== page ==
Itanium does actually work like this, although I think it needs some intelligence in the compiler. Could something similar be done on the fly?


RE: What about speculative execution?
By HammerFan on 4/19/2006 9:18:00 AM , Rating: 2
That idea about computing both branches of a prediction sounds like a very neat way of boost AI performance in games. With more cores, more branches can be predicted. Perhaps with technology like this, we will begin to truly see dual-core performance shine where it previously had not.


RE: What about speculative execution?
By hstewarth on 4/19/2006 10:09:31 AM , Rating: 1
The best way to achieve better multi-core performance is for applications to better multi-threaded in designed. This not only helps with multi( not just dual ) core cpus but also with dual and multi cpu computers.

Trying to make dual cores work as single core will likely cause more overhead than hyperthreading itself.


RE: What about speculative execution?
By nrb on 4/19/2006 11:19:25 AM , Rating: 2
quote:
The best way to achieve better multi-core performance is for applications to better multi-threaded in designed. This not only helps with multi( not just dual ) core cpus but also with dual and multi cpu computers.
Well, obviously , yes, but a CPU can't dynamically recompile existing applications to make them multi-threaded! It's conceivable that something like speculative execution could squeeze a little bit more performance out of a single-threaded app. AMD have certainly got to do something .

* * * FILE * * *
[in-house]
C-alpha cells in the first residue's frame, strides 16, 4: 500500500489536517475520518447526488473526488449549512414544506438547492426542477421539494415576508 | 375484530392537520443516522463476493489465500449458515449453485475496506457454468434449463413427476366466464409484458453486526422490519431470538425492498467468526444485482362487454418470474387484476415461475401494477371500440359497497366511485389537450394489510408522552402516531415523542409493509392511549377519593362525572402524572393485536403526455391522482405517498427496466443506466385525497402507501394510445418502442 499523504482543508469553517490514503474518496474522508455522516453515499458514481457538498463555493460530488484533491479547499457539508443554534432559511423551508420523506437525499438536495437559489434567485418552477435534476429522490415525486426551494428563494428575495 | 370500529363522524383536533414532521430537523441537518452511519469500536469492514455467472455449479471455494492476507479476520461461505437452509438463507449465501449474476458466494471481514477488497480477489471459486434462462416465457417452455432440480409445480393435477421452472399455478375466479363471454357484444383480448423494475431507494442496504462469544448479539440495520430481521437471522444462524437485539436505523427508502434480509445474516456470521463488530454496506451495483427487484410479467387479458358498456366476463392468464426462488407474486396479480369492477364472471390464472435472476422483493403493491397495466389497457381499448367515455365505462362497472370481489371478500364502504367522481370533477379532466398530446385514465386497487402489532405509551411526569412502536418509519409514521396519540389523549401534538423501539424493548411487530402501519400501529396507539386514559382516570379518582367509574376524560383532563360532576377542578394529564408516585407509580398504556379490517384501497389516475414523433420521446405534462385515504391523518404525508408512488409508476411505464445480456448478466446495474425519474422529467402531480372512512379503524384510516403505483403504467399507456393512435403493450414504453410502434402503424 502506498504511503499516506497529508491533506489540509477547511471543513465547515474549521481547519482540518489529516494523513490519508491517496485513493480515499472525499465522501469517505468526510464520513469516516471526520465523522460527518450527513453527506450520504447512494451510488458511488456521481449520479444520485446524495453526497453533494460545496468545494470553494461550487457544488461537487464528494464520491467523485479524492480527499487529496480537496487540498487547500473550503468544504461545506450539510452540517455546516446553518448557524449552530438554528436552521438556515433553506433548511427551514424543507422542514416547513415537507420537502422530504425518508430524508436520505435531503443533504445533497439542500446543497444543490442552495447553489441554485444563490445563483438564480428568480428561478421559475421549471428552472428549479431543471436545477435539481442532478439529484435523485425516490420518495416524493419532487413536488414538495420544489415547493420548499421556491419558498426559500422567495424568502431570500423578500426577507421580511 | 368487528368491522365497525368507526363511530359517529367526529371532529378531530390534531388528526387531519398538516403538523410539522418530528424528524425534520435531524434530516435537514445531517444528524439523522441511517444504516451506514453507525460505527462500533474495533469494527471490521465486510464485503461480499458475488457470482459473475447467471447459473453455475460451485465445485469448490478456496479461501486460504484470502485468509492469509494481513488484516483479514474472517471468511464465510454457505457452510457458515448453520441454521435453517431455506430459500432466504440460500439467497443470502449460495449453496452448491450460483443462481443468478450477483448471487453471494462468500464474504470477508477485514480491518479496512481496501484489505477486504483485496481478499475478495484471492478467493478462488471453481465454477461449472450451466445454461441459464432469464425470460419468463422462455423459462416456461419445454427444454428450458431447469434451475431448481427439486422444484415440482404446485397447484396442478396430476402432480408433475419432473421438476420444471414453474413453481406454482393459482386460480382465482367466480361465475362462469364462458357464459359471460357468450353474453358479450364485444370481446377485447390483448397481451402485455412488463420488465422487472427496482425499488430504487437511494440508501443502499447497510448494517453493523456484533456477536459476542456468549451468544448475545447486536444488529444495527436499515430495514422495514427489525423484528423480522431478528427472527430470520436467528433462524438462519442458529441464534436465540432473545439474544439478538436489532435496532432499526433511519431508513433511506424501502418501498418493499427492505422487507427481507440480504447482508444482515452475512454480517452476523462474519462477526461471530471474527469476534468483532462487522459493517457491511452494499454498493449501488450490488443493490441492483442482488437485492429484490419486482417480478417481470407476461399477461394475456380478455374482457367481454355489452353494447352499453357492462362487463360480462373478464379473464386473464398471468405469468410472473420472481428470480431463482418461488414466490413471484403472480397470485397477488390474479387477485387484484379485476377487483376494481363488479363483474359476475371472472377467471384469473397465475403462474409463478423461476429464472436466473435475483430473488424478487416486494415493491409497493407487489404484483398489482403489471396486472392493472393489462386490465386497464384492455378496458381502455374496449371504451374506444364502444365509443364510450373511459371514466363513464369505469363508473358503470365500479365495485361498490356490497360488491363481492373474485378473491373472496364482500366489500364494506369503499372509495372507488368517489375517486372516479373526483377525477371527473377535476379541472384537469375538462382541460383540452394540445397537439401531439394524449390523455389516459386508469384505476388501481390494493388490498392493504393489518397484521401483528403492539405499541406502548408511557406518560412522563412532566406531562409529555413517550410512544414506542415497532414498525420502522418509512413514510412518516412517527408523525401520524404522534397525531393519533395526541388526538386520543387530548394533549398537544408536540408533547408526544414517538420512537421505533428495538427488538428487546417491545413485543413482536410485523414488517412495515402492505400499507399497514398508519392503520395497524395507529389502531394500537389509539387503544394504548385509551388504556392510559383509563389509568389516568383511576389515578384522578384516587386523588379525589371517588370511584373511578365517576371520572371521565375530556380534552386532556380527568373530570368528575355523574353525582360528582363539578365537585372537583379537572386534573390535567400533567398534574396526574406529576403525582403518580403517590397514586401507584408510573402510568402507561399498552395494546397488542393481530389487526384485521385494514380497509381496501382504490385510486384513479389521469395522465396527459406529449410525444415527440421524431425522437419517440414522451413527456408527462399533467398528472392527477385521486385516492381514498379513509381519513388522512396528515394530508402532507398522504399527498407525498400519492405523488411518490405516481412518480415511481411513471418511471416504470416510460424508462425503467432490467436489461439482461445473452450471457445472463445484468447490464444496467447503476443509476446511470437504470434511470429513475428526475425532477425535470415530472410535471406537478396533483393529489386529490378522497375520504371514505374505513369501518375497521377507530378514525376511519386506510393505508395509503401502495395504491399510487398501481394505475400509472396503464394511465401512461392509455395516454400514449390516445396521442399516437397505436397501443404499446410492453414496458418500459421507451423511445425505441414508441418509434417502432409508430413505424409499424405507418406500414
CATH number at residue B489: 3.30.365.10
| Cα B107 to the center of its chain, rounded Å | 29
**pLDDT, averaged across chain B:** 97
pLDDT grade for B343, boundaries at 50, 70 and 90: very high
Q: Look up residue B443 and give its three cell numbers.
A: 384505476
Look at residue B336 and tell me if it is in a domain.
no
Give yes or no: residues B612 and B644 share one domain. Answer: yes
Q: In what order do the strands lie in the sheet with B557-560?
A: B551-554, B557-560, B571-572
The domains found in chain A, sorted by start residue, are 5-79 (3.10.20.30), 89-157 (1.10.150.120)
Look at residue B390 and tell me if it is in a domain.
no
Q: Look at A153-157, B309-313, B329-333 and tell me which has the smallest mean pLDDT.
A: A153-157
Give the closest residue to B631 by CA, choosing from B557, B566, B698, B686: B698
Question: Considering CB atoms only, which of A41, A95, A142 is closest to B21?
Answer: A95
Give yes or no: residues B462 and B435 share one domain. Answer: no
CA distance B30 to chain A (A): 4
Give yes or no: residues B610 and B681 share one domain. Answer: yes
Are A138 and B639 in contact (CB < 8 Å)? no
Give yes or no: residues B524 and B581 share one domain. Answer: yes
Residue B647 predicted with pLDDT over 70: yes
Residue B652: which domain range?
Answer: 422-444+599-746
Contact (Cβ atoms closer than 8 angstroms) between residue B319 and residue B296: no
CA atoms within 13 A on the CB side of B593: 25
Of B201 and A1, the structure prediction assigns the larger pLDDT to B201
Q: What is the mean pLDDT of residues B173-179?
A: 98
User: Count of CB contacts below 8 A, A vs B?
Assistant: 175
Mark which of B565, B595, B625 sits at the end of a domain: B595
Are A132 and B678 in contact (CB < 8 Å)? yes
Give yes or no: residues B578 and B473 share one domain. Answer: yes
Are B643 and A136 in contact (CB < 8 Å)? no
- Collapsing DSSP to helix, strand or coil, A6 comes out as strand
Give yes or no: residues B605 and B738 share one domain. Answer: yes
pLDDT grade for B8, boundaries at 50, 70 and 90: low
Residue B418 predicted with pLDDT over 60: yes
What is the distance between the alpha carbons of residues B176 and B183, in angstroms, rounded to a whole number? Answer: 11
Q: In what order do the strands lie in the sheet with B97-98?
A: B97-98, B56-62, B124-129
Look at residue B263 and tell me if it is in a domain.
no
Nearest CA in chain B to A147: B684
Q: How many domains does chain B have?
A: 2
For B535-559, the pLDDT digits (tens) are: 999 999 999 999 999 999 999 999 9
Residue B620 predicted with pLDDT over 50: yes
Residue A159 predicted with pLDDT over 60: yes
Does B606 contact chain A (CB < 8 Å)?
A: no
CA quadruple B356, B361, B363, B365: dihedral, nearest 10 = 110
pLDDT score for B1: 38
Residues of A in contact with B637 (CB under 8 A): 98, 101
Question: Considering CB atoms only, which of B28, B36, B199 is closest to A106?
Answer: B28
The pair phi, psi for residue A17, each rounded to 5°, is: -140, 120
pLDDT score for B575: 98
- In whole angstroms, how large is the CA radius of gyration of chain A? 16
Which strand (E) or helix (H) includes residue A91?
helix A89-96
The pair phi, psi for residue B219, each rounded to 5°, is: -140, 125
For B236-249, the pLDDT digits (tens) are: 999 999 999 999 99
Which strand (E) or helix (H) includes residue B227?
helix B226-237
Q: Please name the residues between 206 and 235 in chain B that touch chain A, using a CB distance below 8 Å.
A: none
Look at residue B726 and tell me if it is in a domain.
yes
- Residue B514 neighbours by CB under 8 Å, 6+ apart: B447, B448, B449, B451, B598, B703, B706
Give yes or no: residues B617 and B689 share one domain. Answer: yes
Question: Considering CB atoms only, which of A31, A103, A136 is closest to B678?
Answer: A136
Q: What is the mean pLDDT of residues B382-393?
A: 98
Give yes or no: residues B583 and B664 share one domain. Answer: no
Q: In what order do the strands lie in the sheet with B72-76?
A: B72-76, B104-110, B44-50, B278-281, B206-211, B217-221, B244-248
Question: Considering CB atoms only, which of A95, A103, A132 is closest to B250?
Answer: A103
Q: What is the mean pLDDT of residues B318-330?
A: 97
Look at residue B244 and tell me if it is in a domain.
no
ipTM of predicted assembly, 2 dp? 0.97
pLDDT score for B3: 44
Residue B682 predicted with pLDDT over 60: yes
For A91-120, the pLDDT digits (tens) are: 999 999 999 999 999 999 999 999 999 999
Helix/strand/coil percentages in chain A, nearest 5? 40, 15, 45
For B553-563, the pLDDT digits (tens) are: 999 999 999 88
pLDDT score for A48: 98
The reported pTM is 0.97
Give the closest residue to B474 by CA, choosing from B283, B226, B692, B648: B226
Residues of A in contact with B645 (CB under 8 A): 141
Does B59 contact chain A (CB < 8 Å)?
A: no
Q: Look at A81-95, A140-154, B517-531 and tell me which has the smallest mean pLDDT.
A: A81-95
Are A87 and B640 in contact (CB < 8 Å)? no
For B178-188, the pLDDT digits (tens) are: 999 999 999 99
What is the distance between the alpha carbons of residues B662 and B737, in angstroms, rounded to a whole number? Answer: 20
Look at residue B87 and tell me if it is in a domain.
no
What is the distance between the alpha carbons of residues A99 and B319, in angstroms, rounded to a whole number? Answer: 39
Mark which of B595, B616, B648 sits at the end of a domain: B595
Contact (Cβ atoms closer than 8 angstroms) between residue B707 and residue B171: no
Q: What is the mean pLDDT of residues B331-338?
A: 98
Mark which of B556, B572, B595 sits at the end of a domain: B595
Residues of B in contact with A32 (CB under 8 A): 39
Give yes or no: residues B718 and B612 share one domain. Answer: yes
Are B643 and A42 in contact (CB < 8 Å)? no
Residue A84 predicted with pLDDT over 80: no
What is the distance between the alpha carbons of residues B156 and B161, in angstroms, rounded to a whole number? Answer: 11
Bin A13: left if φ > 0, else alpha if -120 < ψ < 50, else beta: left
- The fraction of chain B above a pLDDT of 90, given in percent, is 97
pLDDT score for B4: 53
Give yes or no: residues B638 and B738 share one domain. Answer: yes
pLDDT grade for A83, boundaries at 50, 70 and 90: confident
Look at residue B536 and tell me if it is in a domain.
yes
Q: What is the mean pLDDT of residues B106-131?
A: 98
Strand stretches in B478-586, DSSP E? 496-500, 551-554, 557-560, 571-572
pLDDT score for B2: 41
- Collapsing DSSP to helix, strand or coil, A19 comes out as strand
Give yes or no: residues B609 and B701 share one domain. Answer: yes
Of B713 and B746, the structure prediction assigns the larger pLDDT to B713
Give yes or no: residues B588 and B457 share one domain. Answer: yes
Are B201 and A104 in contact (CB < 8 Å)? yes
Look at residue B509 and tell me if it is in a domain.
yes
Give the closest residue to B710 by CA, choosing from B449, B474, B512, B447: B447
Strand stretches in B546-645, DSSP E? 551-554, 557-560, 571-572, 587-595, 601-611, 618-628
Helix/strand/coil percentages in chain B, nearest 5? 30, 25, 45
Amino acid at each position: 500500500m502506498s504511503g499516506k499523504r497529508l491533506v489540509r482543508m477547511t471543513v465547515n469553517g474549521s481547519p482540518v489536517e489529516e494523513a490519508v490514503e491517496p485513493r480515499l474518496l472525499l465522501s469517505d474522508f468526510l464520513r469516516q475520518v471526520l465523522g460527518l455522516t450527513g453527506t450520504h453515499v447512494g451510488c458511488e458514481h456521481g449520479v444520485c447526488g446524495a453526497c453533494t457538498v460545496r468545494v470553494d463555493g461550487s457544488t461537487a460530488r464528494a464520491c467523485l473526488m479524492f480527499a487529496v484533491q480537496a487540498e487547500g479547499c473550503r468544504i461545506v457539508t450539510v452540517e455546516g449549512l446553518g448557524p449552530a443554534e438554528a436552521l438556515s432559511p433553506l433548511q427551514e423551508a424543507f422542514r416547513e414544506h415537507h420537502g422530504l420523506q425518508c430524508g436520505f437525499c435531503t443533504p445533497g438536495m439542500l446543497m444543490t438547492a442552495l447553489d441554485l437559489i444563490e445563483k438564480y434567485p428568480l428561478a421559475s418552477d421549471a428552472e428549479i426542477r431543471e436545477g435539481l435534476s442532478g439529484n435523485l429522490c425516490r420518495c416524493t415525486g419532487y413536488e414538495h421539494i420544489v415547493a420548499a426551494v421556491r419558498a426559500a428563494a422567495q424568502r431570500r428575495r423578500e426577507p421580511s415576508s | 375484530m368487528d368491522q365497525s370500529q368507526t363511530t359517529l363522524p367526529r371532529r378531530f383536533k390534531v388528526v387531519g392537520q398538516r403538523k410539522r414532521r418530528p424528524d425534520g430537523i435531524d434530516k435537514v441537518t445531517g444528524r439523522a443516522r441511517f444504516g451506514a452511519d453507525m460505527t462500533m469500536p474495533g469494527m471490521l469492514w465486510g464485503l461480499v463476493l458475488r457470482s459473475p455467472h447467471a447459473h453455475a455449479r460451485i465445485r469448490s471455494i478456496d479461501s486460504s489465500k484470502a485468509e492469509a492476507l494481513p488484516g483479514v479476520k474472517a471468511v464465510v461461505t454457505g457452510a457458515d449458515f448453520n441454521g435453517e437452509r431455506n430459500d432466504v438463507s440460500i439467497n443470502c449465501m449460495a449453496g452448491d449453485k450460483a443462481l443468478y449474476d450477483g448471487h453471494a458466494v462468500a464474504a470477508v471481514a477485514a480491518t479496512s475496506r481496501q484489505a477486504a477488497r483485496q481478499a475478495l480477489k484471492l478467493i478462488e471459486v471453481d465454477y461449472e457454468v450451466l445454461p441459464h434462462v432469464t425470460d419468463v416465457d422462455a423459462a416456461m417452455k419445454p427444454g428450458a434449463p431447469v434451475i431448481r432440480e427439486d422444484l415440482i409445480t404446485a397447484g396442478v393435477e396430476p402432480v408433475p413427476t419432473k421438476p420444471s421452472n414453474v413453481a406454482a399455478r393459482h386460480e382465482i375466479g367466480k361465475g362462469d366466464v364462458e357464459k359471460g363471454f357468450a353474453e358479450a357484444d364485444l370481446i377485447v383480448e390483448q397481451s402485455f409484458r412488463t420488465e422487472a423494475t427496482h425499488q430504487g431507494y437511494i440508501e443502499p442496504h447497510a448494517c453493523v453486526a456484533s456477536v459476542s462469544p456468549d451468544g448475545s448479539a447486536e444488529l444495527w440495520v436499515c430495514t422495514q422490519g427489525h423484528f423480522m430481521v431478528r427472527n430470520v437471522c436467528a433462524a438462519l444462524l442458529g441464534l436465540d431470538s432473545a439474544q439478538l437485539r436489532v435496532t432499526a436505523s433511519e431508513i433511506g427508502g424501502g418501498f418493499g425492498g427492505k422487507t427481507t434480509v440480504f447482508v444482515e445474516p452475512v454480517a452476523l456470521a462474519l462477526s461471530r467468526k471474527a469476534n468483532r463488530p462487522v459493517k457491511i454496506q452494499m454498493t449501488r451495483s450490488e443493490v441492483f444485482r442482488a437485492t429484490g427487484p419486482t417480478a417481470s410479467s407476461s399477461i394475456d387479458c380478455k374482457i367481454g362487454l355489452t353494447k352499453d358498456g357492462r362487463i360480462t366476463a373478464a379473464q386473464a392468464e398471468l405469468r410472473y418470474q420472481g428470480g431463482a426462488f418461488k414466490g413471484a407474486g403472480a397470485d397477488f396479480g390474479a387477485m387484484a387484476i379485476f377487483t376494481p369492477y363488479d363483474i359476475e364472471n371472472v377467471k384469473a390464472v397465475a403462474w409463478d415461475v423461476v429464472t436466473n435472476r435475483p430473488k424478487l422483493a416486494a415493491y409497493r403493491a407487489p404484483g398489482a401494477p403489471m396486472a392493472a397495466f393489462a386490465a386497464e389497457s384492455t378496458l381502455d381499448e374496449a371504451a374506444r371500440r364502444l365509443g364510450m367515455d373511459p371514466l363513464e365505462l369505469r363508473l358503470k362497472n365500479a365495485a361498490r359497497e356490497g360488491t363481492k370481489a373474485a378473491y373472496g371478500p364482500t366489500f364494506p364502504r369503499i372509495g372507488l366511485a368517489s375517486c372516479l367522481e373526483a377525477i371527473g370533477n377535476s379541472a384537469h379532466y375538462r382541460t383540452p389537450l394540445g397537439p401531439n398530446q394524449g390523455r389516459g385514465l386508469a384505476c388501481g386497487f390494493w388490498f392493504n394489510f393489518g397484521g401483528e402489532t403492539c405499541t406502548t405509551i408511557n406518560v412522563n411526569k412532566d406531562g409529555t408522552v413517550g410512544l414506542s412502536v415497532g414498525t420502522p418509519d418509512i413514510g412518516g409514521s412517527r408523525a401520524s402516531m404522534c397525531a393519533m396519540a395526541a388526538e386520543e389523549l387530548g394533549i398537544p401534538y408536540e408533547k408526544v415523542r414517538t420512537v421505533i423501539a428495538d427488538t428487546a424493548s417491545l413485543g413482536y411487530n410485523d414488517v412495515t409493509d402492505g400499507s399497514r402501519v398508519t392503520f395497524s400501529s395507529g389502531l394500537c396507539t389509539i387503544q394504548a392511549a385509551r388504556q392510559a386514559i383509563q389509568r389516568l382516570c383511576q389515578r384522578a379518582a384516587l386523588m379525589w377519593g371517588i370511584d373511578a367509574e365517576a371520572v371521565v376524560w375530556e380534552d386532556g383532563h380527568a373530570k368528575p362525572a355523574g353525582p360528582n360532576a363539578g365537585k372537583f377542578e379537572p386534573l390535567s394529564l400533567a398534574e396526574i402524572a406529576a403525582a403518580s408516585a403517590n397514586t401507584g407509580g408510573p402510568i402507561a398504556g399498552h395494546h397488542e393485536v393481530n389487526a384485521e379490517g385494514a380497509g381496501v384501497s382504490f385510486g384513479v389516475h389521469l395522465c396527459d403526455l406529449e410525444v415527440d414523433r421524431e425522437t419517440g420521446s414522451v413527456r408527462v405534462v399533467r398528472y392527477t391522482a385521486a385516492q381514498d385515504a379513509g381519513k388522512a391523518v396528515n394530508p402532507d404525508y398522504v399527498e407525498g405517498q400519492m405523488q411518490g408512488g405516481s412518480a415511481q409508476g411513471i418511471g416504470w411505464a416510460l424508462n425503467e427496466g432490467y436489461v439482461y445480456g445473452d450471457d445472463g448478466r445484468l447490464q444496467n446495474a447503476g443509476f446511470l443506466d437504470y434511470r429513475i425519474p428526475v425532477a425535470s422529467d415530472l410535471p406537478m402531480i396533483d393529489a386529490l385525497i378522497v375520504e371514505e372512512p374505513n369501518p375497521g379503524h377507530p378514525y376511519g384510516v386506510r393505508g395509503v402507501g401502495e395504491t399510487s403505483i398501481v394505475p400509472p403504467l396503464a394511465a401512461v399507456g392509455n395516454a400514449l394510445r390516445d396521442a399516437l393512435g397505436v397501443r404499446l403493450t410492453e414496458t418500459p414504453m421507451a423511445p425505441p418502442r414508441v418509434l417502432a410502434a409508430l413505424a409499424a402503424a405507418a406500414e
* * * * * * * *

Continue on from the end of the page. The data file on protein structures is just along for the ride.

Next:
RE: What about speculative execution?
By saratoga on 4/19/2006 4:40:11 PM , Rating: 2
The problem with such a scheme is that it massively increases power consumption, and by way more then you gain in performance (since at best you're just going to avoid the occasional branch mispredict but effectively double power consumption to do it). And at this point, performance is mostly limited by power consumption, so it doesn't pay off.

You'd do better with a wider core, or a deeper pipeline if you have that kind of power to throw away.


RE: What about speculative execution?
By glennpratt on 4/20/2006 6:08:30 PM , Rating: 2
The other core is already there! You think they are adding another core, just to strap this on it?


By saratoga on 4/28/2006 12:44:14 AM , Rating: 2
Think this through. The other core is added at the expense of clock speed to accelerate multithreaded loads. Speculative execution improves single threaded performance but requires a second core to not be used for a second thread. It also doesn't improve it as much as just not having a second core and upping clock speed would.